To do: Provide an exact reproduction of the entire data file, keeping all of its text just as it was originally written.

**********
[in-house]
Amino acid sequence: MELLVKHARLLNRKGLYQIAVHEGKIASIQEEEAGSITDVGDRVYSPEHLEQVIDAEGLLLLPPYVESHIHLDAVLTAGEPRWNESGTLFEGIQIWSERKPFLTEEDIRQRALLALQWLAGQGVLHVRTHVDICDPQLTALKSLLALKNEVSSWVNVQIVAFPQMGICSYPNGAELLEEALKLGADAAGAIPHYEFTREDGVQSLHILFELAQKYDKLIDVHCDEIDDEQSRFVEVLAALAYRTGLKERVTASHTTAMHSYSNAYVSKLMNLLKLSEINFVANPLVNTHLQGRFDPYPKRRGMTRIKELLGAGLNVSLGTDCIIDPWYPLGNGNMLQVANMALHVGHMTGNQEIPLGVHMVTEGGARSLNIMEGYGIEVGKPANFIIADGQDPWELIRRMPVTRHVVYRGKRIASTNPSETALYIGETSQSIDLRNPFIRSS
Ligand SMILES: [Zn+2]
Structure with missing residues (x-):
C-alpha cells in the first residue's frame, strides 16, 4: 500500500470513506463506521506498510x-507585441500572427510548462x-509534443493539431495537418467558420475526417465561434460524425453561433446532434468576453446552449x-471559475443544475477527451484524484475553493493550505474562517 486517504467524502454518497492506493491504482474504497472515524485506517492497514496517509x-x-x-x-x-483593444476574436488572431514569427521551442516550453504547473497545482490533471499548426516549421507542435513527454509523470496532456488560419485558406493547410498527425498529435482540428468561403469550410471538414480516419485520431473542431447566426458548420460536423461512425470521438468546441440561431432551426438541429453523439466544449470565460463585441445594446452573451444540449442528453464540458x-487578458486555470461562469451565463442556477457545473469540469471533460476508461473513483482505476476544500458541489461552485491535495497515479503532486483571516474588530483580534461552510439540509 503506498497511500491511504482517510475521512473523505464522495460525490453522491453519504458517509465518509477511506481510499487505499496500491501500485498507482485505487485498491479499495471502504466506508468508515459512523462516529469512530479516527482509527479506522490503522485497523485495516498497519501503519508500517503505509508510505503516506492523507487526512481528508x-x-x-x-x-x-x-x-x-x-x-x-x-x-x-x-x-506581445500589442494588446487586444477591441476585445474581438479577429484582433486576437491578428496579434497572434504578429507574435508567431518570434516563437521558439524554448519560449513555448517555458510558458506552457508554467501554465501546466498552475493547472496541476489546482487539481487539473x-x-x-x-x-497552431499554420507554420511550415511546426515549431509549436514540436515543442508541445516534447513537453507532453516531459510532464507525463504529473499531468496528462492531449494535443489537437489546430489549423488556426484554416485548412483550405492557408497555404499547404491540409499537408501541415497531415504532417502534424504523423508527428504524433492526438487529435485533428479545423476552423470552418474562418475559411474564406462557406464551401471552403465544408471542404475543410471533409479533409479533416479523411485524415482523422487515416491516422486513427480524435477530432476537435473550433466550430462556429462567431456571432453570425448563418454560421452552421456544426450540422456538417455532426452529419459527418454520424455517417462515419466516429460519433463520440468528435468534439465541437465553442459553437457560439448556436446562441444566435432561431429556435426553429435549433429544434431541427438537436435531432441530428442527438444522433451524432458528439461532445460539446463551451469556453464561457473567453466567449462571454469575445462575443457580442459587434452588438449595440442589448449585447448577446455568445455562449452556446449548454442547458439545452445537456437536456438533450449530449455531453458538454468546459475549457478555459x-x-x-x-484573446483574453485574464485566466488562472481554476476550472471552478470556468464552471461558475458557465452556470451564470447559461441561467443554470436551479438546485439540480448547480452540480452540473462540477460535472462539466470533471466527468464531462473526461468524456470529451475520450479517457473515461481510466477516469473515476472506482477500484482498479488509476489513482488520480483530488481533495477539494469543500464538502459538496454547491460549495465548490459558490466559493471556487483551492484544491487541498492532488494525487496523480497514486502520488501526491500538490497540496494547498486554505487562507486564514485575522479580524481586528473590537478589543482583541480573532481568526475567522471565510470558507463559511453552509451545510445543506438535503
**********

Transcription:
[in-house]
Amino acid sequence: MELLVKHARLLNRKGLYQIAVHEGKIASIQEEEAGSITDVGDRVYSPEHLEQVIDAEGLLLLPPYVESHIHLDAVLTAGEPRWNESGTLFEGIQIWSERKPFLTEEDIRQRALLALQWLAGQGVLHVRTHVDICDPQLTALKSLLALKNEVSSWVNVQIVAFPQMGICSYPNGAELLEEALKLGADAAGAIPHYEFTREDGVQSLHILFELAQKYDKLIDVHCDEIDDEQSRFVEVLAALAYRTGLKERVTASHTTAMHSYSNAYVSKLMNLLKLSEINFVANPLVNTHLQGRFDPYPKRRGMTRIKELLGAGLNVSLGTDCIIDPWYPLGNGNMLQVANMALHVGHMTGNQEIPLGVHMVTEGGARSLNIMEGYGIEVGKPANFIIADGQDPWELIRRMPVTRHVVYRGKRIASTNPSETALYIGETSQSIDLRNPFIRSS
Ligand SMILES: [Zn+2]
Structure with missing residues (x-):
C-alpha cells in the first residue's frame, strides 16, 4: 500500500470513506463506521506498510x-507585441500572427510548462x-509534443493539431495537418467558420475526417465561434460524425453561433446532434468576453446552449x-471559475443544475477527451484524484475553493493550505474562517 486517504467524502454518497492506493491504482474504497472515524485506517492497514496517509x-x-x-x-x-483593444476574436488572431514569427521551442516550453504547473497545482490533471499548426516549421507542435513527454509523470496532456488560419485558406493547410498527425498529435482540428468561403469550410471538414480516419485520431473542431447566426458548420460536423461512425470521438468546441440561431432551426438541429453523439466544449470565460463585441445594446452573451444540449442528453464540458x-487578458486555470461562469451565463442556477457545473469540469471533460476508461473513483482505476476544500458541489461552485491535495497515479503532486483571516474588530483580534461552510439540509 503506498497511500491511504482517510475521512473523505464522495460525490453522491453519504458517509465518509477511506481510499487505499496500491501500485498507482485505487485498491479499495471502504466506508468508515459512523462516529469512530479516527482509527479506522490503522485497523485495516498497519501503519508500517503505509508510505503516506492523507487526512481528508x-x-x-x-x-x-x-x-x-x-x-x-x-x-x-x-x-506581445500589442494588446487586444477591441476585445474581438479577429484582433486576437491578428496579434497572434504578429507574435508567431518570434516563437521558439524554448519560449513555448517555458510558458506552457508554467501554465501546466498552475493547472496541476489546482487539481487539473x-x-x-x-x-497552431499554420507554420511550415511546426515549431509549436514540436515543442508541445516534447513537453507532453516531459510532464507525463504529473499531468496528462492531449494535443489537437489546430489549423488556426484554416485548412483550405492557408497555404499547404491540409499537408501541415497531415504532417502534424504523423508527428504524433492526438487529435485533428479545423476552423470552418474562418475559411474564406462557406464551401471552403465544408471542404475543410471533409479533409479533416479523411485524415482523422487515416491516422486513427480524435477530432476537435473550433466550430462556429462567431456571432453570425448563418454560421452552421456544426450540422456538417455532426452529419459527418454520424455517417462515419466516429460519433463520440468528435468534439465541437465553442459553437457560439448556436446562441444566435432561431429556435426553429435549433429544434431541427438537436435531432441530428442527438444522433451524432458528439461532445460539446463551451469556453464561457473567453466567449462571454469575445462575443457580442459587434452588438449595440442589448449585447448577446455568445455562449452556446449548454442547458439545452445537456437536456438533450449530449455531453458538454468546459475549457478555459x-x-x-x-484573446483574453485574464485566466488562472481554476476550472471552478470556468464552471461558475458557465452556470451564470447559461441561467443554470436551479438546485439540480448547480452540480452540473462540477460535472462539466470533471466527468464531462473526461468524456470529451475520450479517457473515461481510466477516469473515476472506482477500484482498479488509476489513482488520480483530488481533495477539494469543500464538502459538496454547491460549495465548490459558490466559493471556487483551492484544491487541498492532488494525487496523480497514486502520488501526491500538490497540496494547498486554505487562507486564514485575522479580524481586528473590537478589543482583541480573532481568526475567522471565510470558507463559511453552509451545510445543506438535503